Financial planning is generally aimed at either young adults or folks nearing retirement age. But the generation caught between Boomers and Millennials, people in their 40s, have just as much to plan for.
GenXers are less likely to be grappling with as much student debt as a Millennial and not yet navigating through the maze of Medicare and pre-retirement logistics.
In your 40s it’s prime time for focusing on financial health, by righting some wrongs made in the earlier years and taking advantage of the time you have left in your peak earning years.
This might sound obvious, but for some folks time is running out — and fast. If they keep spending at the rate they are going they wont’t have enough to retire comfortably. Start saving as much as possible. If you have an available 401(k) you should take advantage of it. Your employer could be matching your contributions and this could significantly increase your savings over time. If you’re self-employed, then take advantage of a CD or IRA. As much money as you can spare should be being set aside for your retirement. Overall, Americans have more than $1.2 trillion in personal savings. But 69 percent of adult Americans have less than $1,000 in a savings account and about 55 percent of those aged 45-54 have no savings at all.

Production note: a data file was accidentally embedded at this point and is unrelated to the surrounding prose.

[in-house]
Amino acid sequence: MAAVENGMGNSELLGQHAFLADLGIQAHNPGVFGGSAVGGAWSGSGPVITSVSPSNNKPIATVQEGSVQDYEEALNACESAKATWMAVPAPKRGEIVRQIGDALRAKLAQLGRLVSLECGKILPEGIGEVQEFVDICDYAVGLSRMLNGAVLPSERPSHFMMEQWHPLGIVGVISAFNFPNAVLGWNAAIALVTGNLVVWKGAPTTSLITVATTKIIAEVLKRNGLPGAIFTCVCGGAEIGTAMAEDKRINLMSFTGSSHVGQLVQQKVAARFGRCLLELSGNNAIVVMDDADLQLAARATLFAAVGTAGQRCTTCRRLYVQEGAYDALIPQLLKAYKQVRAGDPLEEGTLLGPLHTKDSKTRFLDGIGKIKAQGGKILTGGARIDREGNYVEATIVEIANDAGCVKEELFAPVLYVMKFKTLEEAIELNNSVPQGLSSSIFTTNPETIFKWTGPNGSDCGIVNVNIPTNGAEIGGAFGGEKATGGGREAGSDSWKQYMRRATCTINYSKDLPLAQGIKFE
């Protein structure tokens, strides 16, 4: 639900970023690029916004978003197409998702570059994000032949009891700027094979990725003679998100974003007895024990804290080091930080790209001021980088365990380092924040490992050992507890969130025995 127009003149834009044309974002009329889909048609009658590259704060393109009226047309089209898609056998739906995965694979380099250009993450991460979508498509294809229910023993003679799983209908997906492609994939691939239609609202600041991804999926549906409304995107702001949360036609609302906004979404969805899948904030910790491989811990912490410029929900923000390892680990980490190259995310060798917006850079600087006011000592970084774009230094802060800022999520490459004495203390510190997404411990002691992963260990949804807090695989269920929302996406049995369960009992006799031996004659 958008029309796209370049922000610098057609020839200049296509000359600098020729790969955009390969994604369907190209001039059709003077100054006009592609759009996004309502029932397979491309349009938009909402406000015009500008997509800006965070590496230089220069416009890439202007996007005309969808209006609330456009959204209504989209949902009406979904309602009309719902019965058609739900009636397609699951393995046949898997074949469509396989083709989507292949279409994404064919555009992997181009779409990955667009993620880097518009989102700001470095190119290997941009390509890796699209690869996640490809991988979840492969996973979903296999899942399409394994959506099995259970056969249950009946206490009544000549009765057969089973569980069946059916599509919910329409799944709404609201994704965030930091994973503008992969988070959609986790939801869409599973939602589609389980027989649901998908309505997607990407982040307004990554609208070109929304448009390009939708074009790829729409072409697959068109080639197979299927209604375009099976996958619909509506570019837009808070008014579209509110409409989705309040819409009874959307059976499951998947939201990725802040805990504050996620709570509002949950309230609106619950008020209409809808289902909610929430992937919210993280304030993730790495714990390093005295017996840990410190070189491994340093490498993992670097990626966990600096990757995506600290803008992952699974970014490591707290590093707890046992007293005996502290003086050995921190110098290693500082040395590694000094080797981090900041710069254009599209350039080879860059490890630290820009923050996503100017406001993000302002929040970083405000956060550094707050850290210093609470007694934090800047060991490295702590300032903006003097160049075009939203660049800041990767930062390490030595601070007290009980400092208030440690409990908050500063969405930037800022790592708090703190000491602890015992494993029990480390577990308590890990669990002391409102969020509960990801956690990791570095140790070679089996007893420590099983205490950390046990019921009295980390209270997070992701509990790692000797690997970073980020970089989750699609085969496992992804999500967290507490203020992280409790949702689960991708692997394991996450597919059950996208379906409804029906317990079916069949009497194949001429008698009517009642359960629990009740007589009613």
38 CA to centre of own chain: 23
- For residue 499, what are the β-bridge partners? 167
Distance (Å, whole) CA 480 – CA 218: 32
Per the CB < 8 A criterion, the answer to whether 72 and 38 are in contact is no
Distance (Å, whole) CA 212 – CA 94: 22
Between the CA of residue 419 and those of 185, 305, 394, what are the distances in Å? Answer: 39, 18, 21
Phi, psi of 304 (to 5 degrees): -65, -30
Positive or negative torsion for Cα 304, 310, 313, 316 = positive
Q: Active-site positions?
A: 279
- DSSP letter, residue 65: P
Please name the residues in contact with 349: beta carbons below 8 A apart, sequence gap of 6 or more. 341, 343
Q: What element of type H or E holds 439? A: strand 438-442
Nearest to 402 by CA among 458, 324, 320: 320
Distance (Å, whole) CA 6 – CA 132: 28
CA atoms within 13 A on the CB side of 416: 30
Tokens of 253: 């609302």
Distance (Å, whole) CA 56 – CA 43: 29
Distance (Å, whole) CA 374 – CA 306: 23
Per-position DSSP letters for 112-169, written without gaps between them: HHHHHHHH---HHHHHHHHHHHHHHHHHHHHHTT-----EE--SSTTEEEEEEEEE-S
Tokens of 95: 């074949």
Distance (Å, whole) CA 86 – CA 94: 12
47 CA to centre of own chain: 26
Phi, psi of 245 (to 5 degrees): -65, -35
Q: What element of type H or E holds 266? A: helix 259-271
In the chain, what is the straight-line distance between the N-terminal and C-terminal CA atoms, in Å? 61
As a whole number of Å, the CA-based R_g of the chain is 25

Prepare for Retirement
At age 40, retirement is suddenly a subject worth paying attention to, when it once seemed like a lifetime away. Take stock of what is important to you and then decide what is best for you in the years to come.
Whether you plan to downsize in retirement or keep your current lifestyle, you’ll have to be financially prepared for it. Ask yourself if you need the same size house or property. Selling a larger house that has equity in it frees up capital as well as lowering your monthly bills. You could also move to an area where living costs are lower. For some this could mean moving cities or states but some American retirees have even retired abroad. The Social Security Administration sends over half a million checks to Americans living overseas every month.
Quality of life in another country could be much better if their currency is worth less than the dollar or you just want to live out your years near a beach on the French or Spanish coast somewhere.
Pay off debt
The average credit card debt of U.S. families is over $6,000, according to the most recent data from the Federal Reserve's Survey of Consumer Finances, and the American median household consumer debt is at a much higher $67,000.
Having debt hanging over you is not an ideal situation as you are paying off the amount with interest over time and this eats into the amount you could be saving for your future. It is important that the debt is at least paid down before retirement or you will be entering your golden years in financial handcuffs.
Doing these three things in your 40s will give you a good head start on your retirement plans.
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